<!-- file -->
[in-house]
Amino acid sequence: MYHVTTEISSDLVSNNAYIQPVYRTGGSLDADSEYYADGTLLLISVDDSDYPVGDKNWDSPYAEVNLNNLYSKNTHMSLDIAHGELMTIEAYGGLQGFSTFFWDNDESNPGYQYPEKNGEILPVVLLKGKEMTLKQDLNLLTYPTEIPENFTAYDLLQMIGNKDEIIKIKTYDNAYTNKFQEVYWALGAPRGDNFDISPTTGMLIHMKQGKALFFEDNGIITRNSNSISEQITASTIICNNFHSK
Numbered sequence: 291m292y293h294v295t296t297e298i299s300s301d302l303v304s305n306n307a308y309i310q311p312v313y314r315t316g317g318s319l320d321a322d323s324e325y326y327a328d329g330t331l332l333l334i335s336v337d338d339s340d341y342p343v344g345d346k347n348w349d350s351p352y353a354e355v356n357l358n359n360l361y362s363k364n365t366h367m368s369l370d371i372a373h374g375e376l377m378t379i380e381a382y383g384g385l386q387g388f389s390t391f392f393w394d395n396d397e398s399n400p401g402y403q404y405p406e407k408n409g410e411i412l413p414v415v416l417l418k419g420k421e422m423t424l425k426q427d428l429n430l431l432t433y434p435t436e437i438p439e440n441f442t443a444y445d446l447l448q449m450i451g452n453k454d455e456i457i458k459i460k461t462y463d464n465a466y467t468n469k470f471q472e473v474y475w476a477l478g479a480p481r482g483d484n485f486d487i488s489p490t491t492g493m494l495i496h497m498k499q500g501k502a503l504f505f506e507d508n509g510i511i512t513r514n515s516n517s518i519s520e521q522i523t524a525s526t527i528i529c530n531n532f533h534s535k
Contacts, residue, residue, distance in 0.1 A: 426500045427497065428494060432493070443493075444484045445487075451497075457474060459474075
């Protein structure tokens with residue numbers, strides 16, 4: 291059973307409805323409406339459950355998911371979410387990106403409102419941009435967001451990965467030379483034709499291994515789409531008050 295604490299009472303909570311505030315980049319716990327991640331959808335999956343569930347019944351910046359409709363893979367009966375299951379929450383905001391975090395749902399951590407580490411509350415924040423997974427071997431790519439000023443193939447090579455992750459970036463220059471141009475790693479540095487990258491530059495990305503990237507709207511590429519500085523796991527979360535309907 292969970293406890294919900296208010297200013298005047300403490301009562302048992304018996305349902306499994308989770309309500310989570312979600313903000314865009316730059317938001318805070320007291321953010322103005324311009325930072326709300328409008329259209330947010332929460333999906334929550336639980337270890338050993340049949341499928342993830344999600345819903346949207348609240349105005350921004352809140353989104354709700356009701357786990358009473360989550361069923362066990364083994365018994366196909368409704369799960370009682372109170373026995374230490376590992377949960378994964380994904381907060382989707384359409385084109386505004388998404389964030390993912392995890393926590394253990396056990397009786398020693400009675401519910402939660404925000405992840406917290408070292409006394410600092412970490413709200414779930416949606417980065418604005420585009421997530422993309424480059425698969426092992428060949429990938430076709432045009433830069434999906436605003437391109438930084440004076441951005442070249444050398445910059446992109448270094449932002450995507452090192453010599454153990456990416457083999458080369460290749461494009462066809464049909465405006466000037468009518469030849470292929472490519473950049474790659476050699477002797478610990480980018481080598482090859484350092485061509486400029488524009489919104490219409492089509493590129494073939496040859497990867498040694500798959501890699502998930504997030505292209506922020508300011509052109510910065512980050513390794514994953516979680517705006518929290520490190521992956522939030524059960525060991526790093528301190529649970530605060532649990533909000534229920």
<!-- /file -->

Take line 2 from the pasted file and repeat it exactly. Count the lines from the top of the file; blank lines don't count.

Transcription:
Amino acid sequence: MYHVTTEISSDLVSNNAYIQPVYRTGGSLDADSEYYADGTLLLISVDDSDYPVGDKNWDSPYAEVNLNNLYSKNTHMSLDIAHGELMTIEAYGGLQGFSTFFWDNDESNPGYQYPEKNGEILPVVLLKGKEMTLKQDLNLLTYPTEIPENFTAYDLLQMIGNKDEIIKIKTYDNAYTNKFQEVYWALGAPRGDNFDISPTTGMLIHMKQGKALFFEDNGIITRNSNSISEQITASTIICNNFHSK